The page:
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A Healthy Bottom Line 

Three Spokane businesses balance profit and environmental goals

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The survival of every business depends on making sure revenue outpaces expenses, so it's natural to cut costs anywhere possible, whether it's something big like using cheap foreign production facilities or something simpler like ordering supplies online.

Some businesses, though, also build an ethos of sustainability and community into every decision they make. It might cost them more money on the front end, but the long-term benefits to the environment and its future residents are important enough to warrant the expense. They want their businesses to do well, but they also want to do some good.

Erica Johnson, an associate professor of economics at Gonzaga University specializing in environmental and health economics, says that while bigger businesses have led the way in being more environmentally friendly, more and more small businesses are incorporating being green and sustainable into their business plans. Businesses of all sizes are finding good reasons to go green.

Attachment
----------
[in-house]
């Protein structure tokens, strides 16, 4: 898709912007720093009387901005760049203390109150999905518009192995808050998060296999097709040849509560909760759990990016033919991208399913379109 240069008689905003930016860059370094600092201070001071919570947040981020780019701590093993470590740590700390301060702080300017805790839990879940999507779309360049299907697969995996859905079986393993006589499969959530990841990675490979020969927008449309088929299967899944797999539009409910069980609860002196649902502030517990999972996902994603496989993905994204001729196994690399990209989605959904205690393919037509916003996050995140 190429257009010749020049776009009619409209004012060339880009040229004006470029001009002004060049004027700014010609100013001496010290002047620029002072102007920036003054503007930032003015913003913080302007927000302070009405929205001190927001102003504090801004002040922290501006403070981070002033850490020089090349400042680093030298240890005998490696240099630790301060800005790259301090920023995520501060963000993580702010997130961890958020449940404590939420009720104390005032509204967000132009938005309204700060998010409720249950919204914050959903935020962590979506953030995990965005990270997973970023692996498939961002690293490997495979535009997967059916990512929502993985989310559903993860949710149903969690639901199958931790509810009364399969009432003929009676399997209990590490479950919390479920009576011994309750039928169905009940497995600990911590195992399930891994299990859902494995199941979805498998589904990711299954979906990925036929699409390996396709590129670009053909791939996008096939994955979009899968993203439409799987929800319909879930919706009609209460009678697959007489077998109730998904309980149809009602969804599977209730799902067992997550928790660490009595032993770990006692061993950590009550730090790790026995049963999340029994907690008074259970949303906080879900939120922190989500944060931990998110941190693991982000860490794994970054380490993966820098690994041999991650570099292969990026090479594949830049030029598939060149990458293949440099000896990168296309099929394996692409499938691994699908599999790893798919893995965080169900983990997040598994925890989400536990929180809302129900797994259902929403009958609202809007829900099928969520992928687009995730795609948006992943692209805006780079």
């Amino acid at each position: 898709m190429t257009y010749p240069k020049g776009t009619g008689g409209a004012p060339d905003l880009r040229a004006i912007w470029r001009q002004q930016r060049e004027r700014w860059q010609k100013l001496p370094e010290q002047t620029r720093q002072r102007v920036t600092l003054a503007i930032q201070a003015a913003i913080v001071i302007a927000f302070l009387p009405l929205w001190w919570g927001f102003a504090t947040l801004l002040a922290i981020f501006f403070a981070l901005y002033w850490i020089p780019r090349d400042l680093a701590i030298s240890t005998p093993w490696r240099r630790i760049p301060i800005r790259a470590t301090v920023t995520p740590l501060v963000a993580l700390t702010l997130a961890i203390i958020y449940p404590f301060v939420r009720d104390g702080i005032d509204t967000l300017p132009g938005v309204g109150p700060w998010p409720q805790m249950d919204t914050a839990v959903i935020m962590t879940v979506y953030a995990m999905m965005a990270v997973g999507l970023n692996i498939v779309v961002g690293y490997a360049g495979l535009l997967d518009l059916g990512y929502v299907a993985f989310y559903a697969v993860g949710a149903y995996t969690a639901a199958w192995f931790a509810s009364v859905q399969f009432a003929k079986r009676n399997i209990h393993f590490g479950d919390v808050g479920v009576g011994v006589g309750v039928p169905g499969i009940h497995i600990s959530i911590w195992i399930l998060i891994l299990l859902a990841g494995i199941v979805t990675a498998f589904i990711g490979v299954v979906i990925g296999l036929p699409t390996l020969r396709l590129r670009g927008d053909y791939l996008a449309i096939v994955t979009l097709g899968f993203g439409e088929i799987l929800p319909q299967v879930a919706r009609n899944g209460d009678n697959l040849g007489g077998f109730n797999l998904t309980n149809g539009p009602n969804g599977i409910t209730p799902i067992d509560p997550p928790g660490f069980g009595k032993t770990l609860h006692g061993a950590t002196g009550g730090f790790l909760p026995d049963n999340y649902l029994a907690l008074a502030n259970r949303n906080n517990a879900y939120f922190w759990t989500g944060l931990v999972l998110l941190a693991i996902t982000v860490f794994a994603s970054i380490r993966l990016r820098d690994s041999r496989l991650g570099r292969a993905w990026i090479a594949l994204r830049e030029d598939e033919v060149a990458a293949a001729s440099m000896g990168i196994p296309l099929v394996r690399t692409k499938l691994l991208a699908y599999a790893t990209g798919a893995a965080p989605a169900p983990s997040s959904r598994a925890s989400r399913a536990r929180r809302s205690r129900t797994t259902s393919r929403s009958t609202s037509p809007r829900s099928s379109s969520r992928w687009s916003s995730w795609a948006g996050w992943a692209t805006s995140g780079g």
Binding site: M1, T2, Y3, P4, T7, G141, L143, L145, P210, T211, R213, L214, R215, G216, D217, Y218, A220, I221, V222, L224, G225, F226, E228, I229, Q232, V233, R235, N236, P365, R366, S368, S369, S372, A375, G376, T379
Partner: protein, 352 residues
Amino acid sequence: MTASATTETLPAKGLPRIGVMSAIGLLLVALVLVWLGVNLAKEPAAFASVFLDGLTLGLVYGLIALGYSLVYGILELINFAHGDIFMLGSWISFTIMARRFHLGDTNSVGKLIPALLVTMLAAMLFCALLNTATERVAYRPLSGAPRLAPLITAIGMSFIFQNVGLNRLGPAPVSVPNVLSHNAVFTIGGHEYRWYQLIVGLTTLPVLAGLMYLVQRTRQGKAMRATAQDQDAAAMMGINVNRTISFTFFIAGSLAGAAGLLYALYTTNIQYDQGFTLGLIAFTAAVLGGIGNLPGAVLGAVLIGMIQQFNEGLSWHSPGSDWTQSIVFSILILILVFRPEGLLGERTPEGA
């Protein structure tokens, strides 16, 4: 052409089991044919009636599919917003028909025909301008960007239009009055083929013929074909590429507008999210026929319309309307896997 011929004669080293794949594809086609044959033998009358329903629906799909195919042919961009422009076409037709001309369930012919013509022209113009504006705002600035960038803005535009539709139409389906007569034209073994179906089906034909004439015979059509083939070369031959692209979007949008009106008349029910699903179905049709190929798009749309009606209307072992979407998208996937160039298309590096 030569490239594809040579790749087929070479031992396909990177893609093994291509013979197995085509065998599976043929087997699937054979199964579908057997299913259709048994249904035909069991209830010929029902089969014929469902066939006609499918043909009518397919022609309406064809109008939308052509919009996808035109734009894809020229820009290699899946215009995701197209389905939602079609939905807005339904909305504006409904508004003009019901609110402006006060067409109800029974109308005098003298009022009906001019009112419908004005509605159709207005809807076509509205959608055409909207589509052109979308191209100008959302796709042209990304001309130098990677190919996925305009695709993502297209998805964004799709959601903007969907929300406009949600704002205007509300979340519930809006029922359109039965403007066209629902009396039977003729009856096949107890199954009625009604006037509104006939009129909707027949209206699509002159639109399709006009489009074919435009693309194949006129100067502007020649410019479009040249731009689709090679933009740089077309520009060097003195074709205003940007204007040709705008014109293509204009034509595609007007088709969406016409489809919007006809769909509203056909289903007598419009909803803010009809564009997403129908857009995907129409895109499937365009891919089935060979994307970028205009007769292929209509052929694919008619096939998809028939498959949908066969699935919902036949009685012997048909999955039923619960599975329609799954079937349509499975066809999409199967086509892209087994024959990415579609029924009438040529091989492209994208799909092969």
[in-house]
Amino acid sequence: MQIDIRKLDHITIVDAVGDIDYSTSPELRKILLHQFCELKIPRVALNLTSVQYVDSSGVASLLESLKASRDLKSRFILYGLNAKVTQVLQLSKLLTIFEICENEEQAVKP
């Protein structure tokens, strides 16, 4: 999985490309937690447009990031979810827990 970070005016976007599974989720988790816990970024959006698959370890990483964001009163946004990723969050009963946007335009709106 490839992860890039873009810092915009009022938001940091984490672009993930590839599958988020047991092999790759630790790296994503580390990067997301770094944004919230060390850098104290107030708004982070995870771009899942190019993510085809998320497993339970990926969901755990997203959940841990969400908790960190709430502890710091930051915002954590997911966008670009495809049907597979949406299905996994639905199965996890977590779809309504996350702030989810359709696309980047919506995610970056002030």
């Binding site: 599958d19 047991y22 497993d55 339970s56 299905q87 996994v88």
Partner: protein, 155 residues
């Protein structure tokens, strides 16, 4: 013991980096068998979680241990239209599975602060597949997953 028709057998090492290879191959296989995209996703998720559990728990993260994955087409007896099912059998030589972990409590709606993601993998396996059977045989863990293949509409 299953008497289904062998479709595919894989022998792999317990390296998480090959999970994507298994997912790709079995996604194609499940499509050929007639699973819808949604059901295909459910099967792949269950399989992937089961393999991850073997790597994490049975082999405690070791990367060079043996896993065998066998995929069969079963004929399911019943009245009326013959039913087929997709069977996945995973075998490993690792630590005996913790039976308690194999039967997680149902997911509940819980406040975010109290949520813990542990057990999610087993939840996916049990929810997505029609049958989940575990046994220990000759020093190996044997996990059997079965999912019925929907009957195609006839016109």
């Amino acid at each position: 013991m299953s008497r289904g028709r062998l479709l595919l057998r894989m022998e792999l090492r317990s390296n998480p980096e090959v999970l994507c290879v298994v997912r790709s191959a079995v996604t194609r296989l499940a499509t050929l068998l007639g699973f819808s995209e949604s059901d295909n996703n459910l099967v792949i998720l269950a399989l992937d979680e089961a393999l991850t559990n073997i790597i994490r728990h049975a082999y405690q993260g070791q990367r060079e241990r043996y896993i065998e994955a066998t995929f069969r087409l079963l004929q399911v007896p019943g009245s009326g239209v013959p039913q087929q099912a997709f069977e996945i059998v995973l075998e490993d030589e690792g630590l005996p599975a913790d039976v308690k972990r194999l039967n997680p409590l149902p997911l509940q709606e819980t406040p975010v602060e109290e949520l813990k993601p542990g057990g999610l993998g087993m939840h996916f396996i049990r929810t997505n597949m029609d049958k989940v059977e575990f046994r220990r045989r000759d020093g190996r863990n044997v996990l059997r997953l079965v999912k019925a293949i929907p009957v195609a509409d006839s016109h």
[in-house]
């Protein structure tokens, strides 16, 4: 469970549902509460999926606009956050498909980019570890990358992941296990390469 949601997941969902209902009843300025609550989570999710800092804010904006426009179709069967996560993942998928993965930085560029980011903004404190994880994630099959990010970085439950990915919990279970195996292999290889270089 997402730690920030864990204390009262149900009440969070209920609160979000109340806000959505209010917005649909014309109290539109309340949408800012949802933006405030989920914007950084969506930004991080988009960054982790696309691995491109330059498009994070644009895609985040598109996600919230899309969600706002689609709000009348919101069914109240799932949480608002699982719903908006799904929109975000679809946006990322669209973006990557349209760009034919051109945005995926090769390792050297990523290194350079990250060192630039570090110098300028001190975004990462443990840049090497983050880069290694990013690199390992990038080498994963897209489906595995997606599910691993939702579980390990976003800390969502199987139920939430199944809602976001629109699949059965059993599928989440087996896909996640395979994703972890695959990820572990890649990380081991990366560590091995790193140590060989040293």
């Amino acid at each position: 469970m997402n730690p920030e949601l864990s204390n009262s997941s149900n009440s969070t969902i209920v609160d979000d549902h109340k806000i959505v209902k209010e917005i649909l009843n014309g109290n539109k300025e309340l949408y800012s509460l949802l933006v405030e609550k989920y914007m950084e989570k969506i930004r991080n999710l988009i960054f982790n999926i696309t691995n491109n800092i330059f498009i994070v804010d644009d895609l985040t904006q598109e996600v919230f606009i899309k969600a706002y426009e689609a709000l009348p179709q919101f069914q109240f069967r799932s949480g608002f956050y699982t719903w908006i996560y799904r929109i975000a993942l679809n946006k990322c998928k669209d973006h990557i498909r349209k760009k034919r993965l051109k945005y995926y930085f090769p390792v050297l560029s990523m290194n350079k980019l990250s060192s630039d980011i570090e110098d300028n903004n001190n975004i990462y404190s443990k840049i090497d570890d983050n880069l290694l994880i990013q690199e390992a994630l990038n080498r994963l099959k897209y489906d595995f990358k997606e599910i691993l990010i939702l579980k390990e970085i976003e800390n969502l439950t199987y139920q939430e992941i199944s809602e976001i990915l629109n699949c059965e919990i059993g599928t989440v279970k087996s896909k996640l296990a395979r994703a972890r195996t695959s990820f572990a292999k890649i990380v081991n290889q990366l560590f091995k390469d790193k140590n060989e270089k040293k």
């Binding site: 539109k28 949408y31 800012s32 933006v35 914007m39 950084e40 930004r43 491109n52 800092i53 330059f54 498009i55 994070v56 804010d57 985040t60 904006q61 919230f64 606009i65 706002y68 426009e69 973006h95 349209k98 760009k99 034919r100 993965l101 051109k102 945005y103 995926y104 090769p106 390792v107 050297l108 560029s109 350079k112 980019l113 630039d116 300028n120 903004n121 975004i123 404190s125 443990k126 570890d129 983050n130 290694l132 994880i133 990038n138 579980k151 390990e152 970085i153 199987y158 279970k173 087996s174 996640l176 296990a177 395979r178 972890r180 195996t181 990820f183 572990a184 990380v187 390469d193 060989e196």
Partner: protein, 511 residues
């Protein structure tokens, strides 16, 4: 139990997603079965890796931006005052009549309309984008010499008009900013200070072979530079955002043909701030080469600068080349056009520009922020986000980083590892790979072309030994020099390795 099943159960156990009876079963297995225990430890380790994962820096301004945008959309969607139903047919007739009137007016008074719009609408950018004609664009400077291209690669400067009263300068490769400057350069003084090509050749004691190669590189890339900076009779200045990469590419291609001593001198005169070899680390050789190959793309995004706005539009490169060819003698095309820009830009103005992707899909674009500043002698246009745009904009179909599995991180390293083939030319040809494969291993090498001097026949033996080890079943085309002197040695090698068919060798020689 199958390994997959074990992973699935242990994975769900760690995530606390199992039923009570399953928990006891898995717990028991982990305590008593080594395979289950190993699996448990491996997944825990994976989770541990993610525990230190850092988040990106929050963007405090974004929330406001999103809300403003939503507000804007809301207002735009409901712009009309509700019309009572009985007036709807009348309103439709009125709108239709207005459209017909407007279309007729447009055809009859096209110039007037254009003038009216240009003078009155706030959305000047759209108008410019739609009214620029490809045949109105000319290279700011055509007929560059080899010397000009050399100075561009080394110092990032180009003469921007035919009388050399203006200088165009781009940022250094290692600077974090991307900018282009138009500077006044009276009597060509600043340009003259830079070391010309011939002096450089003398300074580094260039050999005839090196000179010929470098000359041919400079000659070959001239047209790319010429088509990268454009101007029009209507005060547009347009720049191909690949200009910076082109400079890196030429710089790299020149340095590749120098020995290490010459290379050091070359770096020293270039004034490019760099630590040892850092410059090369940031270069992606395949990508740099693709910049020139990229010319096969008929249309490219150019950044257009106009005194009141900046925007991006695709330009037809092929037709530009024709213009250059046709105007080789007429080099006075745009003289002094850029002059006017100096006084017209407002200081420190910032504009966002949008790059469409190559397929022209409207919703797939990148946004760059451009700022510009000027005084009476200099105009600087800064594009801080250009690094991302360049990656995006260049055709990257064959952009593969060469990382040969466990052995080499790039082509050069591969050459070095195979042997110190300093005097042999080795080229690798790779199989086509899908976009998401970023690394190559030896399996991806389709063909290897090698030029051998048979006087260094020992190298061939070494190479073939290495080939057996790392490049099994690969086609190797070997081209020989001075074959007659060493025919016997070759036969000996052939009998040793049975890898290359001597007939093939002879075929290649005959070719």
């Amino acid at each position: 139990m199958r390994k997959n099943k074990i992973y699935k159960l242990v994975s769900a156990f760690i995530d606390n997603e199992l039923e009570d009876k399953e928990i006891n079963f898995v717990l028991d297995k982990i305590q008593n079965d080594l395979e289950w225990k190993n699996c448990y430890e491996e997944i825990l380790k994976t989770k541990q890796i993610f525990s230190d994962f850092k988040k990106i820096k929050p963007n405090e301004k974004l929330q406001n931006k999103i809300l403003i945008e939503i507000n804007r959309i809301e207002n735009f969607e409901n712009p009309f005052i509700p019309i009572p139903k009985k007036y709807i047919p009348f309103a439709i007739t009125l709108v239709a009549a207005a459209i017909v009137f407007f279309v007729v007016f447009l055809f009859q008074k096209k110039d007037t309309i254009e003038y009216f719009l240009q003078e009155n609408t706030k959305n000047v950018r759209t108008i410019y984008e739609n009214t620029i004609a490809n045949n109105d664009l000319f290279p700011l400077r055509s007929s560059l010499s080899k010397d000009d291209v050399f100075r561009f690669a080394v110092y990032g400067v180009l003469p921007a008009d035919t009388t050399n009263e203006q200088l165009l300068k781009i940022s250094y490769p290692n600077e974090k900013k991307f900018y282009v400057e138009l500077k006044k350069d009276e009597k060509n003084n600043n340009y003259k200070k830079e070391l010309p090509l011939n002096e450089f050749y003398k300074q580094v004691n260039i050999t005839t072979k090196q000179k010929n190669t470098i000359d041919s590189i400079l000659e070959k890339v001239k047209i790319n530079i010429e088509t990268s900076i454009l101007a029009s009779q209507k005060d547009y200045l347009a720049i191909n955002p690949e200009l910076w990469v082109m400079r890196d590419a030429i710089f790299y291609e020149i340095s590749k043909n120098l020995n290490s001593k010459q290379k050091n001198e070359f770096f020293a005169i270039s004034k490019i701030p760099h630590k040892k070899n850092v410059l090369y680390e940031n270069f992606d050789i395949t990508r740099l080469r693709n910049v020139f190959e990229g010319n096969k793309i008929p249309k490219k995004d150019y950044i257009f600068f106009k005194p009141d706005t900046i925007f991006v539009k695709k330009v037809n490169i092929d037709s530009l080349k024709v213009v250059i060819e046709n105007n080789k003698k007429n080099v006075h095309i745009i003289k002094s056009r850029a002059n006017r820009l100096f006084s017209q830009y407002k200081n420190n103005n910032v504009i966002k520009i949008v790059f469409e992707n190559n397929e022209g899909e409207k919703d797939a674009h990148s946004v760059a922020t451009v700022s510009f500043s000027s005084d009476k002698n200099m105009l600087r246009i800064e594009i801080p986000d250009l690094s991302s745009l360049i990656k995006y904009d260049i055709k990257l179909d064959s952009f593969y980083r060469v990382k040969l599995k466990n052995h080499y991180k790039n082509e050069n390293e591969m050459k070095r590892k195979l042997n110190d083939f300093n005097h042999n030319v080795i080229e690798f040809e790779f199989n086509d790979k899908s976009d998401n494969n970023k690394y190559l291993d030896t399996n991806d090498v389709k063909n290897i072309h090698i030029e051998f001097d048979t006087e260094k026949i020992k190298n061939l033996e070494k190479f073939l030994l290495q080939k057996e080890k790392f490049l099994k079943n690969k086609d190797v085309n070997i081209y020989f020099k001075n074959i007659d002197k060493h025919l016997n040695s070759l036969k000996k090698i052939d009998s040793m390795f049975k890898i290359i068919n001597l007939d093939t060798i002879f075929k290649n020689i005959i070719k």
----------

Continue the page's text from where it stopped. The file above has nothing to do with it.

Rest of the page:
"There are three main reasons why CEOs say they pursue sustainability," Johnson says. "A big one is reputation. They are able to say, 'Hey, look, we're doing all these great things for the environment.' ... Another is cost savings. If there's something they can do that's more efficient, then obviously they want to do that. And sometimes it can be more efficient to bte green. The new one that's kind of up-and-coming is that more CEOs are saying they're doing it because it aligns with their mission, because it's the right thing to do fundamentally."

This month we look at three Inland Northwest businesses that put sustainability front and center in their business plans: Manito Tap House, Roast House Coffee and Mountain Gear.

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